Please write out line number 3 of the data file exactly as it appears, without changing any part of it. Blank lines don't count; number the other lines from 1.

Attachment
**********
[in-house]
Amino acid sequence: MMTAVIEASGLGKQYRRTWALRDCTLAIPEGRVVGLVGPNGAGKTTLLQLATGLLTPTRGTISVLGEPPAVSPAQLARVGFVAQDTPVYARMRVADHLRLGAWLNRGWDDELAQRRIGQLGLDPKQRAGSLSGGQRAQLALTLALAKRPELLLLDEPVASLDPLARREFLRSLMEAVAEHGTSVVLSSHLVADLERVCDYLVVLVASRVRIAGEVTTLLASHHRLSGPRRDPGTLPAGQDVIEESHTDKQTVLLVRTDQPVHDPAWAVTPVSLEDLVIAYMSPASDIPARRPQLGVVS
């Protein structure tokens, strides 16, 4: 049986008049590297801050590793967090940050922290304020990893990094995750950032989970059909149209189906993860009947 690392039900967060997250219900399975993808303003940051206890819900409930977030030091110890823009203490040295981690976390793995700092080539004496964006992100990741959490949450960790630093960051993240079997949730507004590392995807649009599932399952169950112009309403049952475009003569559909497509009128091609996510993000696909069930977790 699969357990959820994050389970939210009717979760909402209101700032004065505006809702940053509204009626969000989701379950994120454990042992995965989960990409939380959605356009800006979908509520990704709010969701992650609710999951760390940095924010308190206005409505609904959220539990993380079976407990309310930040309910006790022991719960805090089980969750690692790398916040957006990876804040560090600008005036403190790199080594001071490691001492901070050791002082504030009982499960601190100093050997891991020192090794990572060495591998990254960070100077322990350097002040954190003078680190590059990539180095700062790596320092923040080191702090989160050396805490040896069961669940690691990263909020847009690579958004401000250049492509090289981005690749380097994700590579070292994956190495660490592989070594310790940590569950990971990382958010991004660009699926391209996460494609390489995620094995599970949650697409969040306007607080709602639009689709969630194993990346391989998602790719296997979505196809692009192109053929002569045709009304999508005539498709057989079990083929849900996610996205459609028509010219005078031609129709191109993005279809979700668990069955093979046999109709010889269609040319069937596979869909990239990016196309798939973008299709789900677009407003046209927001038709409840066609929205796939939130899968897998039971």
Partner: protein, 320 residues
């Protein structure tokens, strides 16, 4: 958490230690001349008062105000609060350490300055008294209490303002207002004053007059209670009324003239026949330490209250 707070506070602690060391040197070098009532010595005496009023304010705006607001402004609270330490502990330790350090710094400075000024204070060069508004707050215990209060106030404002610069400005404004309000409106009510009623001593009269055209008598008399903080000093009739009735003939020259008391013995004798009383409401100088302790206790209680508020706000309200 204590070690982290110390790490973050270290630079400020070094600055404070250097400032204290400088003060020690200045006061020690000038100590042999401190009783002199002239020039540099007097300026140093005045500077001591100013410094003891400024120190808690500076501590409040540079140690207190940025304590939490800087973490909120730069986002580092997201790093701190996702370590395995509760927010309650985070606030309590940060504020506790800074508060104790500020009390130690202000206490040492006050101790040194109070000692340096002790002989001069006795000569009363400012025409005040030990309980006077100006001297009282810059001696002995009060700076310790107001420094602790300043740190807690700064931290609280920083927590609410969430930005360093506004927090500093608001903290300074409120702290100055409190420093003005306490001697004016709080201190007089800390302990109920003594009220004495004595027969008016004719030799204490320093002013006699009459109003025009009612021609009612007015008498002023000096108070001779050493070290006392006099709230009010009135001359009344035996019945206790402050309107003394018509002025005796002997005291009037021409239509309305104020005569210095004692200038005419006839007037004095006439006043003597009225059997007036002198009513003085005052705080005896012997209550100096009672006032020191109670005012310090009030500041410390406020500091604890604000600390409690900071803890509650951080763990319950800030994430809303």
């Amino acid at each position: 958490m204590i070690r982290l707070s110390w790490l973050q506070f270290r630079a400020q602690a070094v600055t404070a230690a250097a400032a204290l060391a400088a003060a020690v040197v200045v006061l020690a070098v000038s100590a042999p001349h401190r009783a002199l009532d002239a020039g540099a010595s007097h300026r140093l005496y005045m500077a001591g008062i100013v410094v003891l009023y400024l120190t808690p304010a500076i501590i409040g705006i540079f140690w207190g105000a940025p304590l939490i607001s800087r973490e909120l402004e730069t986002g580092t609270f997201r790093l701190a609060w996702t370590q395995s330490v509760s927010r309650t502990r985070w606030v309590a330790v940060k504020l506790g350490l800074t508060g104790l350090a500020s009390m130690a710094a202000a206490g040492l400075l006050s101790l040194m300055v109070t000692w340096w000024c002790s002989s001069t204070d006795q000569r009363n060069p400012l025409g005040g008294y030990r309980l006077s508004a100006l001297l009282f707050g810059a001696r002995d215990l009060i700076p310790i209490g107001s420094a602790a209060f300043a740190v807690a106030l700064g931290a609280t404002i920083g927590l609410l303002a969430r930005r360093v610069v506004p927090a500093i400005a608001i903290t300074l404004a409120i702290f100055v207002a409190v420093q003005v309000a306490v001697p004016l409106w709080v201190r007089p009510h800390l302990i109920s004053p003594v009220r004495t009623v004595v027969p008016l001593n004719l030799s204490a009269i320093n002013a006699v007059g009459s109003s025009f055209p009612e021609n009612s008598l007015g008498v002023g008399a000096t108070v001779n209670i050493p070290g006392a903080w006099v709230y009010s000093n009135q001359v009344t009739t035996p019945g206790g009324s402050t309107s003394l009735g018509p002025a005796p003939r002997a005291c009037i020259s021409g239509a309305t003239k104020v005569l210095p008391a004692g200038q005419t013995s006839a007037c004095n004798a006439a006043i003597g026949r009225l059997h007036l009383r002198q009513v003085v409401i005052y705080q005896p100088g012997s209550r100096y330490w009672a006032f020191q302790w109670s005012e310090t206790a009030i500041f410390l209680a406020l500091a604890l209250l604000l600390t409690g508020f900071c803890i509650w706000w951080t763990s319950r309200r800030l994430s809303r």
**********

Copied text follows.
């Protein structure tokens, strides 16, 4: 049986008049590297801050590793967090940050922290304020990893990094995750950032989970059909149209189906993860009947 690392039900967060997250219900399975993808303003940051206890819900409930977030030091110890823009203490040295981690976390793995700092080539004496964006992100990741959490949450960790630093960051993240079997949730507004590392995807649009599932399952169950112009309403049952475009003569559909497509009128091609996510993000696909069930977790 699969357990959820994050389970939210009717979760909402209101700032004065505006809702940053509204009626969000989701379950994120454990042992995965989960990409939380959605356009800006979908509520990704709010969701992650609710999951760390940095924010308190206005409505609904959220539990993380079976407990309310930040309910006790022991719960805090089980969750690692790398916040957006990876804040560090600008005036403190790199080594001071490691001492901070050791002082504030009982499960601190100093050997891991020192090794990572060495591998990254960070100077322990350097002040954190003078680190590059990539180095700062790596320092923040080191702090989160050396805490040896069961669940690691990263909020847009690579958004401000250049492509090289981005690749380097994700590579070292994956190495660490592989070594310790940590569950990971990382958010991004660009699926391209996460494609390489995620094995599970949650697409969040306007607080709602639009689709969630194993990346391989998602790719296997979505196809692009192109053929002569045709009304999508005539498709057989079990083929849900996610996205459609028509010219005078031609129709191109993005279809979700668990069955093979046999109709010889269609040319069937596979869909990239990016196309798939973008299709789900677009407003046209927001038709409840066609929205796939939130899968897998039971």